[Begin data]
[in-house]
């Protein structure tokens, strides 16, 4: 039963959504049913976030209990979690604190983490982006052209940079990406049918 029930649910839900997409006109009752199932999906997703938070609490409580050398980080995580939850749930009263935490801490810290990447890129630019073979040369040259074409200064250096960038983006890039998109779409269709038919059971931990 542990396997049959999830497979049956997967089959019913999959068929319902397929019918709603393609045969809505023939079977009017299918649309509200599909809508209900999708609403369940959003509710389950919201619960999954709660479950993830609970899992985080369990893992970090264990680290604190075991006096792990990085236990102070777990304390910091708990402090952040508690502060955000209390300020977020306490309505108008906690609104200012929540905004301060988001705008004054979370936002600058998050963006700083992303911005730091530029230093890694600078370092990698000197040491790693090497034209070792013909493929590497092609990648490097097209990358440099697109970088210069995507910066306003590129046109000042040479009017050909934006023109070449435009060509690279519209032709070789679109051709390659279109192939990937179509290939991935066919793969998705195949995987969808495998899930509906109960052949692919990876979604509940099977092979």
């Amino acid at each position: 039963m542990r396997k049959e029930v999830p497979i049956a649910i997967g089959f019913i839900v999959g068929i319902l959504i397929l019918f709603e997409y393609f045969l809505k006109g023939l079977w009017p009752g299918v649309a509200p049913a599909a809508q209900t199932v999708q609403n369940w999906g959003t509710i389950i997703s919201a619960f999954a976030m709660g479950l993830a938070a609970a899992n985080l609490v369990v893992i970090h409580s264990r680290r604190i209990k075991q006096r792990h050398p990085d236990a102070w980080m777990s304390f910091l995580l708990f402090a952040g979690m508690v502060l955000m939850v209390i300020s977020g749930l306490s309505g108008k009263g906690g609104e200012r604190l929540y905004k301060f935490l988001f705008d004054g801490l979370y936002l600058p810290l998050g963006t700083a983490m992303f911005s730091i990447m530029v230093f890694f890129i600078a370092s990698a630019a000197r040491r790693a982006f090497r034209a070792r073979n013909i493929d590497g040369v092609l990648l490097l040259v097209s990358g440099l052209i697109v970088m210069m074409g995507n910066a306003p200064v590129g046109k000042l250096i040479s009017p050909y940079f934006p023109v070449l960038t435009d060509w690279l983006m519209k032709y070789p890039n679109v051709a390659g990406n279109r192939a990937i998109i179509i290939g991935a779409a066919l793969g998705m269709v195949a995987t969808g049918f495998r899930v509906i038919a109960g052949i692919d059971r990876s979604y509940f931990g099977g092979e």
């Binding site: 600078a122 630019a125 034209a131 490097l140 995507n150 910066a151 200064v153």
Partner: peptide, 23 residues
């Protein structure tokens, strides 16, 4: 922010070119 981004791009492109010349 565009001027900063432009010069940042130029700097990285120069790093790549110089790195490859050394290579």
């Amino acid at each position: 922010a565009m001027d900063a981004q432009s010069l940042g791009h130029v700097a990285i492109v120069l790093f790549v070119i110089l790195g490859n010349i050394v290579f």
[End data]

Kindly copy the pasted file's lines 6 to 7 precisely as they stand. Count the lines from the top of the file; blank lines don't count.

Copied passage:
């Protein structure tokens, strides 16, 4: 922010070119 981004791009492109010349 565009001027900063432009010069940042130029700097990285120069790093790549110089790195490859050394290579």
């Amino acid at each position: 922010a565009m001027d900063a981004q432009s010069l940042g791009h130029v700097a990285i492109v120069l790093f790549v070119i110089l790195g490859n010349i050394v290579f």